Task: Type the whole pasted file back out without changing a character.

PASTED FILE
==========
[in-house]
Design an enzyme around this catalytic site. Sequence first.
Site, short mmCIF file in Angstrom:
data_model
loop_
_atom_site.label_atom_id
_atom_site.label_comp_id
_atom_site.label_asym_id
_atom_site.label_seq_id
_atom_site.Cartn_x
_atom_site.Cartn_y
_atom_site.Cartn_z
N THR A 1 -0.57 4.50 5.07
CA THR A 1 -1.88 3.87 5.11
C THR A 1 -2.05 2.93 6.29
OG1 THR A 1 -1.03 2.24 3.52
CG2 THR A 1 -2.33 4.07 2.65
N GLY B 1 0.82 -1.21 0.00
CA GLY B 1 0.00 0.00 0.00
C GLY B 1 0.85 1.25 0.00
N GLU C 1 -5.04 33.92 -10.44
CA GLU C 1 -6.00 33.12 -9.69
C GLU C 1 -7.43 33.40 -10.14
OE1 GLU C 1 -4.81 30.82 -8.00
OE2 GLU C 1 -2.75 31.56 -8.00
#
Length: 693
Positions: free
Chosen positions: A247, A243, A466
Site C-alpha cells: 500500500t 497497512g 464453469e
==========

[in-house]
Design an enzyme around this catalytic site. Sequence first.
Site, short mmCIF file in Angstrom:
data_model
loop_
_atom_site.label_atom_id
_atom_site.label_comp_id
_atom_site.label_asym_id
_atom_site.label_seq_id
_atom_site.Cartn_x
_atom_site.Cartn_y
_atom_site.Cartn_z
N THR A 1 -0.57 4.50 5.07
CA THR A 1 -1.88 3.87 5.11
C THR A 1 -2.05 2.93 6.29
OG1 THR A 1 -1.03 2.24 3.52
CG2 THR A 1 -2.33 4.07 2.65
N GLY B 1 0.82 -1.21 0.00
CA GLY B 1 0.00 0.00 0.00
C GLY B 1 0.85 1.25 0.00
N GLU C 1 -5.04 33.92 -10.44
CA GLU C 1 -6.00 33.12 -9.69
C GLU C 1 -7.43 33.40 -10.14
OE1 GLU C 1 -4.81 30.82 -8.00
OE2 GLU C 1 -2.75 31.56 -8.00
#
Length: 693
Positions: free
Chosen positions: A247, A243, A466
Site C-alpha cells: 500500500t 497497512g 464453469e